14. You're on to something, but I think you're a little too eager to kick things off by making a grand statement.

    I'm sure you're right about that. The temptation of grand statements is hard to resist!

    Is the shift from defined benefit to defined contribution pension plans really not a 'marketization' of retirement savings, because it's funneled through the employer?

    Well, first of all, pension contributions aren't counted as consumption either way. So the numbers in the figure would be the same whether we count employer contributions to pensions as household income, as the BEA does, or whether we count payouts from pensions as household income, as Cynamon and Fazzari do. And in a mature pension system with a constant population, those numbers will be the same anyway.

    On the larger conceptual question, it's not either-or. From my point of view, an employer-sponsored defined contribution pension is less financialized than individual saving, but more financialized that a defined-benefit system, which in turn is more financialized than a public pay-as-you-go system. So where to draw the line between market income and non-market income is always going to be somewhat arbitrary. However, if what we want to do is tell a story about household behavior, I think it is logical to group all third-party pensions together. I think few if any people consider employer contributions to their DC pension as part of their income, which is why C&F don't count it.

    Is the shift from state tuition subsidies to student loans not a marketization because those loans are provided by the government?

    There are no adjustments here for education. All spending on education is counted as consumption, regardless of how it is financed. This includes cases where public financial aid involves the government making tuition payments directly, without the household ever receiving or writing a check. Personally, I think some of that spending should be subtracted from household consumption as well, but C&F don't make that adjustment.

    Again, a system where the government provides subsidies (including subsidized loans) to students to pay for higher ed is clearly more financialized than a system where government pays for higher education directly, but it is less marketized than one where households pay full costs out of pocket or with private loans. We have not reached that point, obviously, but the national accounts currently are written as if we had.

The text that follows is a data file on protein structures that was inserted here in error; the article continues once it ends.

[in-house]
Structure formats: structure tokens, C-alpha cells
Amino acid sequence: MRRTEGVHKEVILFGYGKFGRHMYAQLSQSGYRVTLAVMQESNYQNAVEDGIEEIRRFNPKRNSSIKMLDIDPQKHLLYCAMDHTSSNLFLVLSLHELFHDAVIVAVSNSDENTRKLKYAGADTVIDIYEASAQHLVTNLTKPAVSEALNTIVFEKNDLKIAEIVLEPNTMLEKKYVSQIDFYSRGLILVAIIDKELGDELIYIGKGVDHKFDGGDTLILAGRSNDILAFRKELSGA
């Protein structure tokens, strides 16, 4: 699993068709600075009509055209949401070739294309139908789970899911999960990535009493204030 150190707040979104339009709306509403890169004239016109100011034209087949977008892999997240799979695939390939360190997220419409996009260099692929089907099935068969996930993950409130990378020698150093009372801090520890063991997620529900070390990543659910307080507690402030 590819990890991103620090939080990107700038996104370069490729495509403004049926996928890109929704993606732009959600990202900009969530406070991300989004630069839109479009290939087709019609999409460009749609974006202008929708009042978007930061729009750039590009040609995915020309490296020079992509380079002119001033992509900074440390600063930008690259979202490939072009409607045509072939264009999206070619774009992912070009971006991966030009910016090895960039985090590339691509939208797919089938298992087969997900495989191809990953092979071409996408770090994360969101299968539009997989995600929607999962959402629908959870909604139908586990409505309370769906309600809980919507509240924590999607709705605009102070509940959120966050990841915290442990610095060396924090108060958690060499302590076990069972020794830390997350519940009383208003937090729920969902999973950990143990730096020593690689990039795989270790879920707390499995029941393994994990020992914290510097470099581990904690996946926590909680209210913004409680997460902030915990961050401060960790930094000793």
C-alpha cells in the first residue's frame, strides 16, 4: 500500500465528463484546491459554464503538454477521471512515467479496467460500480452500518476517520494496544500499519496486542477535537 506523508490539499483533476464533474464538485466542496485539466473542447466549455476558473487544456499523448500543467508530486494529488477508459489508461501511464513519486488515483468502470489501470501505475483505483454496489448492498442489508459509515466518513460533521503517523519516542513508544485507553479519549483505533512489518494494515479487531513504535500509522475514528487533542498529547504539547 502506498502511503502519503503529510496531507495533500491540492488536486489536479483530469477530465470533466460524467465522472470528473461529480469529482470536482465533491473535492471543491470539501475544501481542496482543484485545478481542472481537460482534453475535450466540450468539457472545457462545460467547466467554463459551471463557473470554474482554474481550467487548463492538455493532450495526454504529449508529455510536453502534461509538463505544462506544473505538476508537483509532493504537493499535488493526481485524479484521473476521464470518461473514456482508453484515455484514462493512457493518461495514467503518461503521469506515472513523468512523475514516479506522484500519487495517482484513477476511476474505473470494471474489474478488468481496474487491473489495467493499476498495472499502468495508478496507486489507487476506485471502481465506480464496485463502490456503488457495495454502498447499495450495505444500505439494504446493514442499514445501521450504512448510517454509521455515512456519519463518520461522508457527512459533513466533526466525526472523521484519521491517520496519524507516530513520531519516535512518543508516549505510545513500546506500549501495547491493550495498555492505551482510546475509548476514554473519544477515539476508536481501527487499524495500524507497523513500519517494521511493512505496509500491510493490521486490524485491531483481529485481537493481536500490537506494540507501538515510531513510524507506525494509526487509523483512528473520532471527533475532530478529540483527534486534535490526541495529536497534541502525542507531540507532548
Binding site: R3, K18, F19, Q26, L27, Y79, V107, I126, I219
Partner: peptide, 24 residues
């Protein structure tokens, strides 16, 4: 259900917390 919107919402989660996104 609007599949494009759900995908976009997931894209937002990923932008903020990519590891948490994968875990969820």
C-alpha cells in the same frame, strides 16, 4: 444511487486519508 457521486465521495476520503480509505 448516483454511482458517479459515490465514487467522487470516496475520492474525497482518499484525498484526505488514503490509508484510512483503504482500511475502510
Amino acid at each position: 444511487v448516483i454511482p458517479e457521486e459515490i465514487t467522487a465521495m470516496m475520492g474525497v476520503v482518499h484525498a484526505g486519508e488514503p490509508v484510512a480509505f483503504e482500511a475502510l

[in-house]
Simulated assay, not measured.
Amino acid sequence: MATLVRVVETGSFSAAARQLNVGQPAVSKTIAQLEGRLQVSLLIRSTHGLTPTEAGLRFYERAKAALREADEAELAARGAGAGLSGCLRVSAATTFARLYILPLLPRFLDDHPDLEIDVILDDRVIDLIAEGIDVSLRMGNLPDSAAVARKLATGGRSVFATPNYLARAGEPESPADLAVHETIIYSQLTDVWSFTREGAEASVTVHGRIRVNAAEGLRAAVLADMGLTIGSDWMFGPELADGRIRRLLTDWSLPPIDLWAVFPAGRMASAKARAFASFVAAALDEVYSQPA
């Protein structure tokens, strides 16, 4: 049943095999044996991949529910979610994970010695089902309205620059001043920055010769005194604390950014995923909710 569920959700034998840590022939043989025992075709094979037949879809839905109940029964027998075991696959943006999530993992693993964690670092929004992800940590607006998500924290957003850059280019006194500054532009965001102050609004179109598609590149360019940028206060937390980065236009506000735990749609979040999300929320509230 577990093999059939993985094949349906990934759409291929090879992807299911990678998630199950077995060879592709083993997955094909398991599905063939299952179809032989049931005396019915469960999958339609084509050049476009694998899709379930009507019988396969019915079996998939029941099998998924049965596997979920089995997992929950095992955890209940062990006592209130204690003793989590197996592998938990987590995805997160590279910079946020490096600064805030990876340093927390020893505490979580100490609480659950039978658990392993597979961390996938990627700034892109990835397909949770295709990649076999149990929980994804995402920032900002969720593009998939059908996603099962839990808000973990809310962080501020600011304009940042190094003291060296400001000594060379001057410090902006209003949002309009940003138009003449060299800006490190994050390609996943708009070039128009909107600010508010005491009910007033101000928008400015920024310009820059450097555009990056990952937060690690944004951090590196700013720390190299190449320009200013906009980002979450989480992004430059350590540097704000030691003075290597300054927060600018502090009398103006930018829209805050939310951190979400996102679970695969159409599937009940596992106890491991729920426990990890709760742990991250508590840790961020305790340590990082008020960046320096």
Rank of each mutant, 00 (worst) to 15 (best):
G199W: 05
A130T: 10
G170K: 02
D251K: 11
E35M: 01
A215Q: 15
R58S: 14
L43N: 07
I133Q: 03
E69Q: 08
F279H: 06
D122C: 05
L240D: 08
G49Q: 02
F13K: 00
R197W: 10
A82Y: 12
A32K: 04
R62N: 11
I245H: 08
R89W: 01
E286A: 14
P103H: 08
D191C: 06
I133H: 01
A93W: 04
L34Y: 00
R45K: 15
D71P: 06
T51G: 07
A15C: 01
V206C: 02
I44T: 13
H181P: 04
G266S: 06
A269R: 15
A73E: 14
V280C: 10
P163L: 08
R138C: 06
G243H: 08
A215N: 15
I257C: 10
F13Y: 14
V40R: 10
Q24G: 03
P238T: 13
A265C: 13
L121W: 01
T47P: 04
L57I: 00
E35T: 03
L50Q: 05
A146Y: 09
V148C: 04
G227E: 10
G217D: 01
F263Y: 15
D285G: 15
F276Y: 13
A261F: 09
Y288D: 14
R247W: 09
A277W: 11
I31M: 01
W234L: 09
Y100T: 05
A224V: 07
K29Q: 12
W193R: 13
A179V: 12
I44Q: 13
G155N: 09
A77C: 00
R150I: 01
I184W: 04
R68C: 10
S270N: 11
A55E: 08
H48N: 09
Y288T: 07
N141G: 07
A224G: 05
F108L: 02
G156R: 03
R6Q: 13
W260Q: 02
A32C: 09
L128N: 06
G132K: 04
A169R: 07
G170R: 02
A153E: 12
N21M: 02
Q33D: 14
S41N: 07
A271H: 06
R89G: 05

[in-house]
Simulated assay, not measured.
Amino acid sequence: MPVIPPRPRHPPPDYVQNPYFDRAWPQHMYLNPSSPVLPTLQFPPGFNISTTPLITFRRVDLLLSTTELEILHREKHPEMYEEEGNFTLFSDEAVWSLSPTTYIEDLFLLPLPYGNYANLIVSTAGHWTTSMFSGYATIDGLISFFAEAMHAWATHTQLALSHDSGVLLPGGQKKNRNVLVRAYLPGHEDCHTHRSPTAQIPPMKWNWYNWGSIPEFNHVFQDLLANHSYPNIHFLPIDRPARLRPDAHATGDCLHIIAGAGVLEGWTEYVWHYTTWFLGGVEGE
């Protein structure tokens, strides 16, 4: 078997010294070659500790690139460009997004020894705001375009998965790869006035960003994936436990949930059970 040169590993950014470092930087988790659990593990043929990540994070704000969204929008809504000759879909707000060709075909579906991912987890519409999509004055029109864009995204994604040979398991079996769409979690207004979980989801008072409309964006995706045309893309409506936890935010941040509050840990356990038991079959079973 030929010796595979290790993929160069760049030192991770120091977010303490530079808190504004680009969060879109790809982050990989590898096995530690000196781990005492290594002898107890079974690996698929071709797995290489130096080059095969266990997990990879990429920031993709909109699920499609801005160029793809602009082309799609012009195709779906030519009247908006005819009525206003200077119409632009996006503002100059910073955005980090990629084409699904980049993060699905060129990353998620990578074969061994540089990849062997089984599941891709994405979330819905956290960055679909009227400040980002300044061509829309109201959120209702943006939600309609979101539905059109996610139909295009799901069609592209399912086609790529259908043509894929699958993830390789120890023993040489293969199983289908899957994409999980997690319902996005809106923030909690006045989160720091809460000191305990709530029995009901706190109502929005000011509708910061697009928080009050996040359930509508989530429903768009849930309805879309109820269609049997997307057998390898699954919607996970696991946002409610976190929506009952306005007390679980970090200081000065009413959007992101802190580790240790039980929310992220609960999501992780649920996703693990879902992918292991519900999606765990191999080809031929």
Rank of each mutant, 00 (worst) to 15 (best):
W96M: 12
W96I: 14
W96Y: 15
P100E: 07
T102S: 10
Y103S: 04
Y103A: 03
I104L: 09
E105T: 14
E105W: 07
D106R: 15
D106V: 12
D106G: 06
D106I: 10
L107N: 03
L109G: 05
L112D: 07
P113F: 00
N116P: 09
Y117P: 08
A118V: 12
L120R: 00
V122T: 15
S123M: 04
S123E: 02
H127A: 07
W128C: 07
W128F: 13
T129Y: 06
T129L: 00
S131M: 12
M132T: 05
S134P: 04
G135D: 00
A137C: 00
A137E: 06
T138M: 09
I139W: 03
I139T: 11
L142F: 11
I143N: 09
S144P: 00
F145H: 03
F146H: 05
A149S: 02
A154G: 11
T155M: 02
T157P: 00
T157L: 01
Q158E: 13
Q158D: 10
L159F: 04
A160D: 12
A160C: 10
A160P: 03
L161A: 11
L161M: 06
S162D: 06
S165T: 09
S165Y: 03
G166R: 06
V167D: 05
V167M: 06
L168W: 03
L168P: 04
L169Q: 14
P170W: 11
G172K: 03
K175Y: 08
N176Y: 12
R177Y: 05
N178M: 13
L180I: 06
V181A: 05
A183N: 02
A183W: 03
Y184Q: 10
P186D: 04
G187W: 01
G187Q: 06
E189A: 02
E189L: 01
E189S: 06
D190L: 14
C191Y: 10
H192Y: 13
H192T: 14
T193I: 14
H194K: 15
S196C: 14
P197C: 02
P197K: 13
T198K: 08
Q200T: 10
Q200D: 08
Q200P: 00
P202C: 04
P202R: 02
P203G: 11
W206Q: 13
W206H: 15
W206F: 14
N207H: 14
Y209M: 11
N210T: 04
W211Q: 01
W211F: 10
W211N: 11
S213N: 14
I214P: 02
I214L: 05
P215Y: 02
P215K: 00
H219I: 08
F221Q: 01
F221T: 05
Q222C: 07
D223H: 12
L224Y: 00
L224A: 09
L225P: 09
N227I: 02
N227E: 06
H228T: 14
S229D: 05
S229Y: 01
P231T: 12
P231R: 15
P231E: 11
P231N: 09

15. What about the shift from non-profit to for-profit health care provision?

    This is sort of captured by Cynamon & Fazzari's adjustment, in the sense that a shrinking nonprofit sector shows up as a fall in household consumption in the BEA series but not in the adjusted series. But I will need to think about this one more.

    on housing in general, buying a private home is not collective provision -- it's a market transaction. Not sure it's unreasonable to try to price it somehow as private consumption.

    I guess I wasn't clear here. The issue isn't the purchase of new housing -- C&F do group that with consumption. The issue is the flow of housing services from homes that people already own. When you continue to occupy the house you already own for another month, *that* is not a market transaction. But the BEA treats it as if it were, by imputing a rent you-as-tenant pay to you-as-landlord.

    the entry of women into the workforce has clearly put all kinds of stress on family child care resources -- how is that showing up?

    This actually is a perfect example of why Cynamon and Fazzari's approach is a good index of marketization. if the BEA treated childcare the way it treats this other stuff, they would impute a purchase of childcare services from families to themselves. If they did that, a shift from self-provision to market provision of childcare would not affect reported consumption. Of course the BEA doesn't do this -- they don't make an imputation for care of own children as they do for owners' equivalent rent -- so the purchase of childcare (and prepared food, cleaning services, etc.) does show up as an increase in C.

    where is the increase in household indebtedness going to

    Interest payments.

    1. Just to be clear, I agree that owner occupied housing is not collective provision. But it's not market provision either. It is self provision.